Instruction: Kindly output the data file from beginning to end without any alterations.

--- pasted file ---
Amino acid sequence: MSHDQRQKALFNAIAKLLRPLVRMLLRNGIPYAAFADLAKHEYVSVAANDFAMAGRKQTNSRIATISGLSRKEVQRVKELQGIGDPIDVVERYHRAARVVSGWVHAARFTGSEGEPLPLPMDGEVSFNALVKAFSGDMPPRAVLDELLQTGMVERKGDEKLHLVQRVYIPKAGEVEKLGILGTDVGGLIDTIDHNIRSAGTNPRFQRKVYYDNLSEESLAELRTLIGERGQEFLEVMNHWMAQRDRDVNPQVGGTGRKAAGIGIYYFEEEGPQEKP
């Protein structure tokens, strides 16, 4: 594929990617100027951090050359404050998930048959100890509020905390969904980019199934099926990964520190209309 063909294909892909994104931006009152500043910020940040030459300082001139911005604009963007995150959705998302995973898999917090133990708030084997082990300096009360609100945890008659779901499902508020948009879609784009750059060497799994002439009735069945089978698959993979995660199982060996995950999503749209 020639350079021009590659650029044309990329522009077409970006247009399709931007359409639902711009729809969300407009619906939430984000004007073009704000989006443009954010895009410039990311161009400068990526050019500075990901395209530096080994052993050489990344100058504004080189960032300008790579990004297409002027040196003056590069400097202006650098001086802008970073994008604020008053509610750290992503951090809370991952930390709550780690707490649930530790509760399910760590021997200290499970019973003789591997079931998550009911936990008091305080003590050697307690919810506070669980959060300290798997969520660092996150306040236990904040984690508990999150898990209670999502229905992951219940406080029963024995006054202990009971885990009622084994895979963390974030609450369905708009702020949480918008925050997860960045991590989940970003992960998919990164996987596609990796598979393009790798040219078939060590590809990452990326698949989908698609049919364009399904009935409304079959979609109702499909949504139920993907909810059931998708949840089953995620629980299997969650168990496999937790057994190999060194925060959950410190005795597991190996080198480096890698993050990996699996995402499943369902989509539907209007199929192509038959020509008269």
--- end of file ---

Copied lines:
Amino acid sequence: MSHDQRQKALFNAIAKLLRPLVRMLLRNGIPYAAFADLAKHEYVSVAANDFAMAGRKQTNSRIATISGLSRKEVQRVKELQGIGDPIDVVERYHRAARVVSGWVHAARFTGSEGEPLPLPMDGEVSFNALVKAFSGDMPPRAVLDELLQTGMVERKGDEKLHLVQRVYIPKAGEVEKLGILGTDVGGLIDTIDHNIRSAGTNPRFQRKVYYDNLSEESLAELRTLIGERGQEFLEVMNHWMAQRDRDVNPQVGGTGRKAAGIGIYYFEEEGPQEKP
């Protein structure tokens, strides 16, 4: 594929990617100027951090050359404050998930048959100890509020905390969904980019199934099926990964520190209309 063909294909892909994104931006009152500043910020940040030459300082001139911005604009963007995150959705998302995973898999917090133990708030084997082990300096009360609100945890008659779901499902508020948009879609784009750059060497799994002439009735069945089978698959993979995660199982060996995950999503749209 020639350079021009590659650029044309990329522009077409970006247009399709931007359409639902711009729809969300407009619906939430984000004007073009704000989006443009954010895009410039990311161009400068990526050019500075990901395209530096080994052993050489990344100058504004080189960032300008790579990004297409002027040196003056590069400097202006650098001086802008970073994008604020008053509610750290992503951090809370991952930390709550780690707490649930530790509760399910760590021997200290499970019973003789591997079931998550009911936990008091305080003590050697307690919810506070669980959060300290798997969520660092996150306040236990904040984690508990999150898990209670999502229905992951219940406080029963024995006054202990009971885990009622084994895979963390974030609450369905708009702020949480918008925050997860960045991590989940970003992960998919990164996987596609990796598979393009790798040219078939060590590809990452990326698949989908698609049919364009399904009935409304079959979609109702499909949504139920993907909810059931998708949840089953995620629980299997969650168990496999937790057994190999060194925060959950410190005795597991190996080198480096890698993050990996699996995402499943369902989509539907209007199929192509038959020509008269």